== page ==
Newberry v. Service Experts Heating & Air Conditioning LLC et al, No. 5:2017cv00131 - Document 21 (E.D. Ky. 2018)

Court Description: MEMORANDUM OPINION & ORDER: (1) 10 MOTION to Dismiss by Lennox Industries, Inc. is GRANTED. (2) 11 MOTION to Dismiss by Service Experts Heating & Air Conditioning LLC is GRANTED. (3) 12 MOTION to Dismiss by Service Experts, LLC is GRAN TED. It is further ordered that (4) 20 MOTION for Extension of Time for Service is GRANTED and Pla shall have 30 days from the date of this Order in which to properly serve Dft Freije Treatment Systems, Inc.. Signed by Judge Joseph M. Hood on 4/5/2018.(SCD)cc: COR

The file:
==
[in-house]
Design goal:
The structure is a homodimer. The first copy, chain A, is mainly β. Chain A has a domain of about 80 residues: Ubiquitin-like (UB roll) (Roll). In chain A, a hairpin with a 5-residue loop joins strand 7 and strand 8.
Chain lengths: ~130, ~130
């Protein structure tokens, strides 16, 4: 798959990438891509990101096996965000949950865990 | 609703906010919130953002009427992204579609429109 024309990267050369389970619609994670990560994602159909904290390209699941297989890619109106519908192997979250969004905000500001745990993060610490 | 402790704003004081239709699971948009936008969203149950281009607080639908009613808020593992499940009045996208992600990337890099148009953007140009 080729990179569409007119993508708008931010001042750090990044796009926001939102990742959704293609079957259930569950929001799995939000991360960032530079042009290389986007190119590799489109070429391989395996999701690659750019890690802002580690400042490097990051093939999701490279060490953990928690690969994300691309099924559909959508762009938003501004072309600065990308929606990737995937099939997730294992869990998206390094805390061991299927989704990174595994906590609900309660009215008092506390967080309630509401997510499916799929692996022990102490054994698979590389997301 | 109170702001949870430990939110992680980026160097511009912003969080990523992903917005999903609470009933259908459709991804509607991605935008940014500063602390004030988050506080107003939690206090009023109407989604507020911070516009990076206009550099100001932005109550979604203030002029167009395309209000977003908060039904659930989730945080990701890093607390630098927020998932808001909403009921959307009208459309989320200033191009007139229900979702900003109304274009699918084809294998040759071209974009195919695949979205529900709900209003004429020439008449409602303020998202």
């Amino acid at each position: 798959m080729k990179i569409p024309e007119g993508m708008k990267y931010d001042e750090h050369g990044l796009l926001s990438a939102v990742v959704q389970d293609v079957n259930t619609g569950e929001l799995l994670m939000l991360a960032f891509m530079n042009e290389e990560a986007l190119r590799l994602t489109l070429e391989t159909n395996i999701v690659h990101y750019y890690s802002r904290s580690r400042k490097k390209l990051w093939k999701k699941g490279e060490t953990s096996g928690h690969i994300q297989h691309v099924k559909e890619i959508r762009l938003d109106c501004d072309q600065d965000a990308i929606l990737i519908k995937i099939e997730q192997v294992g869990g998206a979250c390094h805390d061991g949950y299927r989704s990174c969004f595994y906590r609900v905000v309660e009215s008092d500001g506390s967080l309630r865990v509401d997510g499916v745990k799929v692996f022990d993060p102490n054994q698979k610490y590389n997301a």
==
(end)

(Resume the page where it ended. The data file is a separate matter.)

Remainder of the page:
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Newberry v. Service Experts Heating & Air Conditioning LLC et al Doc. 21 UNITED STATES DISTRICT COURT EASTERN DISTRICT OF KENTUCKY CENTRAL DIVISION at LEXINGTON PETER CANAVAN NEWBERRY, ) ) Plaintiff, ) ) v. ) ) SERVICE EXPERTS HEATING & AIR ) ) CONDITIONING, LLC d/b/a KNOCHELMANN PLUMBING, HEATING ) & AIR CONDITIONING d/b/a ) ) KNOCKELMANN SERVICE EXPERTS, et al., ) ) ) Defendants. Civil Case No. 17-cv-131-JMH MEMORANDUM OPINION & ORDER *** This matter is before the Court upon three motions to dismiss filed by Lennox Industries, Inc. (“Lennox”) [DE 10], Service Experts Heating & Air Conditioning, LLC (“SEHAC”) [DE 11], and Service Experts, LLC [DE 12]. Plaintiff has responded to each of these Motions [DE 13, 14, 15], and each defendant has filed a Reply in further support of their Motions [DE 17, 18, 19.] The Court concludes that there is merit to each motion and will dismiss all claims against these three defendants for the reasons stated below. I. This action involves a long-standing dispute between the parties. For the purposes of evaluating the Motion to Dismiss, the Court accepts the following facts averred in the Complaint as true. On December 7, 2011, SEHAC made a service call to Plaintiff’s home to repair an Aqua-Pure backwash filter system, but Plaintiff was informed that SEHAC would not be able to repair the unit because it did not service Aqua-Pure equipment. (¶ 11). On December 12, 2011, SEHAC returned to Plaintiff's home and sold Plaintiff two new water system units. The first was a TS+ 2000 Easy Water Toxin Shield Backwash Water Filter (“Toxin Shield System”) manufactured by Defendant Freije Treatment Systems, Inc. (“Freije”), for the entire home, and the second was a Revita water system for the kitchen. (¶ 12). SEHAC installed the whole house Easy Water Toxin Shield System and Revita water system the same day and Plaintiff paid Defendant SEHAC in full for both systems on the same day. (¶¶ 14, 15). On December 19, 2011, Plaintiff informed SEHAC of problems with both new water systems. (¶ 16). On December 20, 2011, an agent of SEHAC came to Plaintiff’s home to inspect the systems, repair the water systems, and take a water sample to assure Plaintiff that the water was safe to drink and use. (¶ 17). The employee and/or agent of SEHAC then announced that the Easy Water Toxin advised Shield Plaintiff water that system they were was working taking a perfectly, water sample and for testing. (¶ 17). On December 30, 2011, another employee and/or 2 agent of Defendant Plaintiff’s home SEHAC and made advised a second Plaintiff, service “Your call water to tested fine,” and then, and on other unspecified occasions, assured Plaintiff that the water was safe for consumption. (¶¶ 18, 19). After other interactions, Plaintiff asked for the Easy Water Toxin Shield system to be removed and asked that the AquaPure system be re-installed. (¶¶ 20-24). SEHAC informed Plaintiff that it would submit claims for the systems, but never returned to service the system, remove the system, or return or re-install Plaintiff’s Aqua-Pure system despite repeated assurances that they would return the Aqua-Pure filter system or compensate Plaintiff for his loss. (¶¶ 25-26). Plaintiff avers that SEHAC repeatedly assured him that the issue would be resolved but then denied any knowledge of Plaintiff’s claim for taking and failing to return the Aqua-Pure filter system prior to January 23, 2013. (¶ 34). Plaintiff's Aqua-Pure filter system has not been returned and Plaintiff has not received monetary compensation for it. (¶ 36). In 2013, Plaintiff and his spouse filed substantially similar civil actions against Defendants SEHAC, Service Experts LLC, and Defendants Lennox Industries, removed the cases Inc., to in the Kentucky United state States court. District Court, Eastern District of Kentucky, at Covington. (¶¶ 37-38; Newberry v. Service Experts Heating and Air Conditioning, et 3 al., Case No. 2:13-cv-00080-DLB-CJS [“Newberry Prior Action”]; Rorick v. Service Experts Heating and Air Conditioning, et al., Case No. 2:13-cv-00081-WOB-CJS) [“Rorick Prior Action”]). During the pendency of those prior actions, an attorney for Defendants pointed out to Newberry that, at the time the suit commenced, no one in Plaintiff’s home was sick or injured physically from drinking or using the water in Plaintiff’s home and assured Plaintiff that a Defendant had, in fact, tested the water and stated that the water was safe for Plaintiff to drink and use. Plaintiff conceded that there was no present evidence of physical injury nor any established reason to suspect future harm to health or safety from the water in Plaintiff’s home. (¶¶ 39-40). Thus, Voluntary on May Dismissal 21, 2013, Without Plaintiff Prejudice filed in the a Notice Newberry of Prior Action. (¶ 39; Newberry Prior Action, DE 7). The Court entered an Order and dismissed the Newberry Prior Action without prejudice on May 22, 2013. (¶ 39; Newberry Prior Action, DE 8). It later dismissed the Rorick Prior Action without prejudice, on November 15, conditions.”1 2012, (Rorick but Prior subject Action, 1 to DE certain 16). “terms Before and that The November 15, 2013 Order of Conditional Dismissal Without Prejudice in the Rorick Prior Action imposed a condition that any subsequent action by “Peter Canavan Newberry” against these Defendants related to this subject matter “must be re-filed in the United States District Court for the Eastern District of Kentucky, Covington Division.” (Rorick Prior Action, Doc. No. 4 dismissal, Plaintiff, who is also an attorney, represented his wife at an October 9, 2013, hearing. During that hearing, Newberry explained to the court that he was aware of “physical injuries” which he believed were related to the water filtration system.2 He explained that four of his dogs had developed tumors and one cat had died after drinking the water and that his wife, Rorick, had been diagnosed with blood clots, intimating that he believed these injuries were the result of some sort of failure of the filtration system at bar in that case, which is the same as the system in this case. In his Complaint in the present action, he avers that, beginning January 8, 2015, several of Plaintiff’s pets became 16). However, Plaintiff was not before the Court as a party in that action, and the Lexington division is the the appropriate jury division for this action. See LR 3.1(a)(2)(B). 2 THE COURT: Are you suing for more than the 75? MR. NEWBERRY: For more than the 75? THE COURT: More than the $75,000 in damages. MR. NEWBERRY: Yes, Your Honor. There are physical injuries also. Again, we don’t know what was deposited into the drinking water – THE COURT: Personal injuries to the people? MR. NEWBERRY: Yes, Your Honor. . . . MR. NEWBERRY: There are four dogs that drink water from the house watering system. They’ve all developed tumors since this. One cat has died. And the plaintiff has been diagnosed with blood clots. We have video of material and then brown material from these tanks going into our water system. [DE 12, Ex. 8; also found at Rorick v. Conditioning, LLC, 2:13-cv-81-WOB, DE 17]. 5 Service Experts Heating & Air ill with various forms of what were, or were believed to be, cancer. Some died. (¶¶ 41-44, 46, 52). In the fall of 2015, Plaintiff’s headaches, medical spouse a condition treatment. submitted a environmental began sample (¶ for 45). of laboratory suffering reoccurring which is On the she February household after which receiving 26, 2016, water tests migraine ongoing Plaintiff supply revealed to for an the first time that the household water supply had been contaminated with known carcinogenic compounds at dangerously high levels. (¶ 49). The carcinogens were entering the water supply while the water filtration systems manufactured by Freije and installed by SEHAC were supposed to be filtering toxins out of the water supply. (¶ 50). The water passing through these systems was the primary source of drinking water for Plaintiff and his spouse, and was the sole source of drinking water for all of the animals that died. (¶ 51). After learning of the toxins in the water, Plaintiff connected to a public water supply and replaced a water heater and a portion of the plumbing. (¶ 53). On March 16, 2017, Plaintiff filed the present action. It is substantially similar to, and contains many of the same factual averments, as the Newberry Prior Action. Also on March 16, 2017, Plaintiff’s spouse, Kimberly Rorick, filed a new action. (Rorick v. Service Experts Heating and Air Conditioning, et al., Case No. 5:17-cv-00132-JMH). It is substantially similar 6 to Plaintiff’s action and is also substantially similar to, and contains many of the same factual averments, as the Rorick Prior Action. Both of these new actions were filed in the Lexington division of this Court. II. In ruling on Defendants’ Rule 12(b)(6) motion, the Court must “construe the complaint in the light most favorable to the plaintiff, accept its allegations as true, and draw all reasonable inferences in favor of the plaintiff.” Jones v. City of Cincinnati, 521 F2d 555, 559 (6th Cir. 2008). The Court is not bound to accept as true “recitals of the elements of a cause of action, supported by mere conclusory statements[.]” Ashcroft v. Iqbal, 556 U.S. 662, 678. “To survive a motion to dismiss, a complaint must contain sufficient factual matter, accepted as true, to ‘state a claim to relief that is plausible on its face.’” Iqbal, 556 U.S. at 678 (quoting Twombly, 550 U.S. at 570). “A claim has facial plausibility when the plaintiff pleads factual content that allows the court to draw the reasonable inference that the defendant is liable for the misconduct alleged.” Id. (citing Twombly, 550 U.S. at 556). “Generally, at the motion to dismiss stage, a federal court may consider only the plaintiff’s complaint.” In re Omnicare, Inc. Securities Litigation, 769 F.3d 455, 466 (6th Cir. 2014). 7 However, “if a plaintiff references or quotes certain documents, or if public records refute a plaintiff’s claim, a defendant may attach those documents to its motion to dismiss, and a court can then consider them in resolving the Rule 12(b)(6) motion without converting the motion into a Rule 56 motion for summary judgment.” Id. Thus, the Court may consider the prior Newberry action, as well as the pleadings and public proceedings in the action, Rorick v. Service Experts Heating & Air Conditioning, LLC, 2:13-cv-81-WOB (referenced in Plaintiff’s complaint at ¶ 37-39). III. As an initial matter, the Court agrees with the Defendants Lennox and Service Experts that Plaintiff has failed to aver any act or omission by either of them that led to his injuries. SEHAC was responsible for the sale and installation of a Freije system and was in contractual privity with Plaintiff on the facts averred. Although the Court must accept all well-pled factual allegations, the existence of an agency relationship is a legal determination that is not entitled to the same presumption. See Papasan v. Allain, 478 U.S. 265, 286 (1986) (“Although for the purposes of this motion to dismiss we must take all the factual allegations in the complaint as true, we are not bound to accept as true a legal conclusion couched as a 8 factual allegation.”). “When attempting to plead liability through agency, a claimant must plead facts that would support a finding that the alleged agents had actual or apparent authority to act on behalf of another.” Pixler v. Huff, 2012 WL 3109492, at *9 (W.D.Ky. July 31, 2012)(internal quotation marks and citation omitted). While Plaintiff avers a parent-subsidiary relationship between Defendant SEHAC and both Lennox and Service Experts and avers that they do business in Kentucky by and through SEHAC, Plaintiff’s Complaint conflates the idea of vicarious liability and piercing the corporate veil. Absent some averment that Lenox and Service Experts were directly involved in the sale or installation of the Freije system and the subsequent repairs and failure to reinstall the prior system or were in contractual privity with Plaintiff, “the mere existence of a parent- subsidiary relationship is insufficient to establish vicarious liability.” 1907488 at See n. 4 Moore v. (W.D.Ky. Lowe’s May 7, Companies, 2013); Inc., WL e.g., see, 2013 Beck v. Consol. Rail Corp., 394 F. Supp. 2d 632, 640 (S.D.N.Y. 2005). Moreover, “[u]nless incorporation, personally a liable otherwise shareholder for the provided of acts a or in the corporation debts of articles shall the not of be corporation except that he or she may become personally liable by reason of 9 his own acts or conduct.” KRS § 271B.6-220. Without more, the averment that Lennox and Service Experts were “transacting business . . . through” SEHAC is insufficient to establish the type of relationship upon which a party may found a case like this. Plaintiff implications corporate must observe absent veil an should the corporate adequately be pleaded pierced. See structure Sudamax its that claim and the Industria e Comercio de Cigarros, Ltda v. Buttes & Ashes, Inc., 516 F. Supp. 2d 841, 847 (W.D. Ky. 2007) (citing Morgan v. O'Neil, 652 S.W.2d 83, 85 (Ky. 1983); Natural Resources and Environmental Protection Cabinet v. Williams, 768 S.W.2d 47, 50-51 (Ky. 1989) (“‘A shareholder may be liable for a corporate debt either by “piercing the corporate veil” or by statutory authorization’”; a complaint which alleges neither is fatally defective); Zetter v. Griffith Aviation, Inc., 2006 WL 1117678, *8 (E.D.Ky. April 25, 2006); First National Bank of Louisville v. Lustig, 809 F.Supp. 444, 446 (E.D.La. 1992) (interpreting Kentucky law); Baseball at Trotwood, 25566103 LLC (S.D. v. Dayton Ohio Professional Sept.2, 2003) Baseball (discussing Club, 2003 Kentucky WL law). Accordingly, the Court dismisses all claims against Lennox and SEHAC for failure to state a claim. 12(b)(6). 10 See Fed. R. Civ. P. IV. Next, the Court considers Plaintiff’s claims against Defendant SEHAC. Count I does not aver wrongdoing on the part of SEHAC, only by Defendant Freije Treatment Systems, Inc. It follows that this claim shall be dismissed to the extent that it could be construed as a claim against Defendant SEHAC. V. Next, the Court concludes that the running of the statute of limitations is fatal to Counts Two through Five and Count Twelve of the Complaint with respect to SEHAC and rejects Plaintiff’s argument that the “discovery rule” saves Counts Two through Five and Count Twelve of the Complaint.3 Plaintiff’s claims for “negligent failure to warn” (Count Two), “Contamination of Plaintiff’s Water” (Count Three), and “Negligence” personal (Count injury, Four) injury against real property. are to subject personal to the property, statutes and for trespass See KRS 413.140(1)(a) (stating that an action for personal injury must be commenced within one year of its accrual); KRS 413.125 (stating that actions for injury to personal years of property like accrual); KRS animals must 413.120(4) be commenced (stating that within two actions for trespass against real property must be commenced within five 3 The Court notes that Count I could be dismissed for all of the moving Defendants upon expiration of the statute of limitations, as well, and that the claims in Counts Two through Five against the other moving Defendants, discussed above, would suffer the same fate. 11 years of accrual). Plaintiff’s claim for “Fraud” (Count V) avers injuries as “a direct and proximate result” of “fraudulent misrepresentations” by SEHAC, subject to a five year statute of limitations. The See KRS 413.120(12). Court occurred. considers, then, Long-established when Kentucky accrual law of holds his claims that, “[t]he accrual of a cause of action means the right to institute and maintain a suit, and, whenever one person may sue another, a cause of action has accrued, and the statute begins to run.” Henderson v. Fielder, 185 Ky. 482, 215 S.W. 187, 188 (1919). Under the discovery rule, which applies to cases alleging latent injuries, a cause of action does not accrue until the plaintiff discovers, or in the exercise of reasonable diligence should have discovered, not only that he has been injured, but also that this injury may have been caused by the defendant’s conduct. Fluke Corp. v. LeMaster, 306 S.W.3d 55, 60 (Ky. 2010). For purposes of the discovery rule, “injury” is distinguishable from mere physical harm. Adams v. 3M Co., No. CIV. 12-61-ART, 2013 WL 3367134, at *3 (E.D. Ky. July 5, 2013); Wiseman v. Alliant Hosps., Inc., 37 S.W.3d 709, 712 (Ky. 2000). “Injury” “is defined as ‘the invasion of any legally protected interest of another.’” Id. Plaintiff must simply be aware that he has been wronged by another. Conway v. Huff, 644 S.W.2d 333, 334 (Ky. 1982). Plaintiff argues that “[t]here was no reason to 12 suspect a defendants connection until a between these injuries household water sample and of the submitted was any for testing in February 2016 and revealed contamination of the water in March 2016.” [Pl. Resp. to SEHAC Motion for Summary Judgment at 6]. Plaintiff clearly indicated, however, that he was aware of injuries or wrongs sounding in personal injury, injury to personal property, and trespass to real property related to the water filtration systems at least as far back as the filing of his prior suit on March 22, 2013 and in October of 2013 when he advised the Court in the Prior Rorick Action that there injuries related to consumption of the water in his household. In fact, he has always claimed that he called SEHAC in December 2011 because his system was, in his mind, failing and allowing discolored water into his home. Once a plaintiff knows, either actually or constructively, that the defendant “may” have caused his injury there is no tolling of the statute of limitation under the discovery rule. Constructive knowledge, through awareness of sufficient “critical facts” to put the plaintiff on notice, will trigger the statute of limitations period. Boggs v. 3M Co., No. 11–cv– 57–ART, 2012 WL 3644967, at *3 (E.D.Ky. Aug. 24, 2012) (internal quotation marks omitted) (collecting cases), aff’d on other grounds, No. 12–6062, 2013 WL 2378558 (6th Cir. May 31, 2013). For purposes of the discovery 13 rule, once the plaintiff encounters facts that “should excite his suspicion” he effectively has “actual knowledge of th[e] entire claim.” Fluke Corp. v. LeMaster, 306 S.W.3d 55, 64 (Ky. 2010). Based on what he said in his prior complaint and in open court as counsel in the Rorick critical Prior facts Action, to Plaintiff clearly his investigation—at prompt own had knowledge the of very latest—in October of 2013. Once a plaintiff knows he has been injured, he “has a duty to investigate and discover the identity of the tortfeasor within the statutory time constraints.” Queensway Fin. Holdings Ltd. v. Cotton & Allen, P.S.C., 237 S.W.3d 141, 151 (Ky. 2007). If he is not reasonably diligent in conducting such an investigation, the discovery rule will not toll the statute of limitations. See Hazel v. Gen. Motors Corp., 83 F.3d 422, at *3 (6th Cir. 1996). Plaintiff was clearly on notice that he had been injured in some way at the very latest by March 22, 2013, when he filed his complaint in the Newberry Prior Action because he claimed that he “suffered health problems after living in a home with dirty and questionable water declared safe by Defendant SEHAC” [DE 10-3 at 10; (Complaint in Newberry Prior Action at ¶49).] Accordingly his claim of fraud, that the results of the water testing were misrepresented to him, accrued at the latest on December 30, 2011, by which time he has previously averred that he knew that the jug of water had been 14 left on his kitchen counter and that SEHAC was representing to him, nonetheless, that his water “tested fine.” Further, he did not act with reasonable diligence to investigate and discover the cause of his family’s problems with the water system at that time. Even though he has averred that he knew that the water was never taken for testing, he waited until 2016 system, to thus, have his water tested his damages. mitigating and to disconnect “Reasonable the diligence means that a plaintiff must be as diligent as the great majority of persons would [be] in the same or similar circumstances....” R.T. Vanderbilt Co. v. Franklin, 290 S.W.3d 654, 659 (Ky. Ct. App. 2009) (citing Blanton v. Cooper Industries, 99 F.Supp.2d 797, 802 (E.D.Ky. 2000) (quoting Sawyer v. Midelfort, 227 Wis.2d 124, 595 N.W.2d 423, 439 (1999)) (internal quotations omitted)). On the facts presented here, this Court concludes as a matter of law that a plaintiff has failed to exercise due diligence. See, e.g., Fluke reasonably Corp., suspected 306 S.W.3d that the at voltage 61 (“they meter should was not have working properly and investigated this possibility”). Paragraph 16 of the Complaint alleges that the water “turned a dirty blackish brown color” as far back as December 2011, and that he complained to SEHAC about the contamination of his family’s drinking water. In other words, Plaintiff was aware of contamination of the water with some substance at that 15 time. He cannot claim now that tolling is necessary because he did not then know for sure with what the water was contaminated until certain tests were conducted in 2016. Cantrell v. Ashland Oil, Inc., No. 2006-SC-000763-DG, 2010 WL 1006391, at *10 (Ky. Mar. 18, 2010) (affirming dismissal of water contamination claim where plaintiffs may not have known the extent and exact nature of the contamination but nonetheless knew of the injury and that it may have been caused by defendant). Alternatively, Plaintiff argues that Defendant SEHAC is estopped from asserting the statute of limitations because SEHAC was, toxic itself, responsible contamination when for his delay an agent in “discovering” of SEHAC advised the him on December 30, 2011, that his “water tested fine” even with the obvious discoloration or because SEHAC’s counsel represented during the first action in 2013 that his household water quality was fine as of the tests conducted in December 2011. “It is well-established that the reliance necessary to establish a claim of equitable estoppel must be reasonable.” Aculty v. Great West Cas. Co., 2005 WL 3488359, 2 (Ky. Ct. App. Dec. 22, 2005) (citing Gailor v. Alsabi, 990 S.W.2d 597 (Ky. 1999)); W. Diamond LLC v. Barnes, No. 4:12CV-28-JHM, 2014 WL 314474, at *6 (W.D. Ky. Jan. 28, representations 2014). from Plaintiff counsel alleges that there that was he relied nothing to on be discovered from SEHAC during the prior litigation, but courts 16 have routinely held that it is unreasonable for a party “to rely on the advice of adversary counsel...when both parties are aware that adverse interests are being pursued.” See, e.g., Matsumura v. Benihana Nat. Corp., 542 F. Supp. 2d 245, 257 (S.D.N.Y. 2008) (citing Kregos v. Associated Press, 3 F.3d 656, 665 (2d Cir.1993)). Accordingly, Defendant’s reliance on any statements by Defendant’s attorney would be unreasonable and could not support an estoppel because Plaintiff could not have reasonably relied on a statement by an adversary or its counsel in the context of the prior litigation. More to the point, he and his wife had concerns about the water and what it was doing to their family and their property, they initiated suit, and he had the opportunity to discover what Defendant knew about the water in their home when a discovery order was set in place in the Rorick prior litigation, but she – through Newberry, as counsel – elected to dismiss her case voluntarily and did not explore the matter further at that time of their own volition. Further, Plaintiff always had control and access of the allegedly faulty filtration system in question and the water that flowed through it could have had it tested at any time. While he says that he chose not to do so in part because SEHAC told him the water was fine to drink, the Court concludes that it was not reasonable for him to rely on SEHAC’s December 30, 2011, statement that the water was fine for consumption based on 17 its testing because he has previously represented to the court, in the Prior Newberry Action, that SEHAC made false statements concerning water tests because it “never took the water from Plaintiff’s kitchen to be tested” and that he knew this because SEHAC’s employee or agent took a water sample and then “left the water sample in the jug on the Plaintiff’s kitchen counter” on December 20, 2011. [DE 10-3 at 10, (Complaint in Newberry Prior Action at ¶¶10, 45).] The five year statute of limitations for injury to real property, including any period of tolling for his prior lawsuit, expired well before the present suit was commenced on March 16, 2017. Even if the Court assumes that he knew only of the potential for damage to his real property in late 2011, it is clear that he discovered or should have discovered personal injuries or personal property injury to his pets no later than sometime between December 30, 2011, and October 9, 2013. He began to suspect that his family and their property were being harmed by their drinking water, so much so that, when he and his wife brought suits in 2013, he averred personal injury in his own Complaint and made his statements about his pets and his wife’s health issues in open court while representing her. The Court concludes that this was enough to set into motion his obligation to be diligent in discovering any claims for personal injury or injury to personal property and that any category of 18 claims. Because his claims for personal injury and injury to personal property accrued no later than October 9, 2013, which was 3 years, 5 months, and 8 days prior to filing suit in this matter on March 16, 2017, the claims are barred by operation of the statute of limitations.. V. Plaintiff’s breach Nine)5, of claims contract and of (Count conversion fraud (Count Eight)4, (Count Seven unjust Ten)6, and Twelve), enrichment some of (Count which are duplicative of earlier claims and all of which were asserted in the earlier action and which relied upon actions taken at the latest on January 6, 2012, according to the Newberry Prior Complaint, are also time barred. See KRS § 413.120 (action upon a contract not in writing, express or implied, subject to a five year statute of limitations); KRS 413.120(12) (action for fraud or mistake subject to five year statute of limitations); KRS 413.125 (conversion subject to a two year statute of limitations 4 The gist of this claim is that, “Defendant SEHAC breached the terms of its agreement with Plaintiff by failing to properly install, service and/or repair the whole house toxin shield water filtration system.” (Complaint, DE 1 at ¶ 99). Plaintiff does not allege the existence of a written contract. 5 Plaintiff alleges that Plaintiff conferred a benefit on SEHAC in the form of a payment of $3,200 for the system “which was never properly installed, serviced or replaced” and retention of that benefit would be unjust. (Complaint, DE 1, at ¶¶ 101-104). 6 Plaintiff alleges that Defendant SEHAC committed conversion when it “took Plaintiff’s Aqua-Pure backwash filter system without Plaintiff’s knowledge or consent” and “never brought it back” or paid for it. 19 period); Cameo, LLC v. Techni-Coat Int’l, N.V./S.A., No. 5:14CV-256-JMH, 2017 WL 690194, at *4 (E.D. Ky. Feb. 21, 2017) (Hood, J.); Ellis v. Arrowood Indem. Co., Civ. A. No. 12-140ART, 2014 WL 2818458, at *7 (E.D. Ky. June 23, 2014) (“Multiple courts have identified § 413.120(1), for actions ‘upon a contract not in writing, express or implied,’ as the appropriate statute of limitations for unjust enrichment claims.”); KRS 413.125 (“[a]n action for the taking, detaining or injuring of personal property, including an action for specific recovery shall be commenced within two (2) years from the time the cause of action accrued”); Madison Capital Co., LLC v. S & S Salvage, LLC, 765 F. Supp. 2d 923, 932 (W.D. Ky. 2011) (citing Rich & Rich P'ship v. Poetman Records USA, Inc., 714 F.Supp.2d 657, 669 (E.D.Ky.2010)) (applying KRS 413.125 to a conversion claim). The same holds for Plaintiff’s Count Six for breach of warranty, although Plaintiff does not even attempt to defend that count in his Response. It is subject to a four-year statute of limitation, was originally asserted as Plaintiff’s “Second Cause of Action” in the Prior Newberry Action, and is therefore time-barred. See KRS 355.2-725(2) (“A cause of action accrues when the breach occurs, regardless of the aggrieved party’s lack of knowledge of the breach,” and a “breach of warranty occurs when tender of delivery is made, except that where a warranty explicitly extends to future performance 20 of the goods and discovery of the breach must await the time of such performance the cause of action accrues when the breach is or should have been discovered.”). Thus, Plaintiff’s claims against SEHAC in Counts Two through Ten and Twelve are all time-barred or duplicative but still time-barred, and the Court will dismiss them. V. Plaintiff’s “Eleventh Cause of Action,” for “Malice, Oppression and Fraud” (Complaint, DE 1, at ¶¶ 113-115), avers that he “is entitled to an award of punitive damages and attorneys’ fees.” This “claim” is actually a prayer for relief, not a separate cause of action, and will be dismissed in the absence of any claim against SEHAC upon which such damages might be founded. See Toon v. City of Hopkinsville, No. 5:09–CV–37, 2011 WL 1560590, at *3 (W.D.Ky. Apr. 14, 2011) (“To the extent that Baird is seeking to assert punitive damages as a separate cause of action, the claim will be dismissed”); Dalton v. Animas Corp., 913 F. Supp. 2d 370, 378 (W.D. Ky. 2012) (““[A] claim for punitive damages is not a separate cause of action, but a remedy potentially available for another cause of action.”); Lopreato v. Select Specialty Hosp. N. Kentucky, 640 F. App’x 438, 444–45 (6th Cir. 2016). 21 Accordingly, IT IS ORDERED: (1) that the Motion to Dismiss [DE 10] by Lennox Industries, Inc., is GRANTED; (2) that the Motion to Dismiss [DE 11] by Service Experts Heating & Air Conditioning, LLC, is GRANTED; and (3) that the Motion to Dismiss [DE 12] by Service Experts, LLC, is GRANTED. The Court being adequately advised, it is FURTHER ORDERED: (4) that Plaintiff’s Motion for an Extension of Time in which to perfect service on Defendant Freije Treatment Systems, Inc. [DE 20] is GRANTED and that Plaintiff shall have thirty (30) days from the date of this Order in which to properly serve Defendant Freije. This the 5th day of April, 2018. 22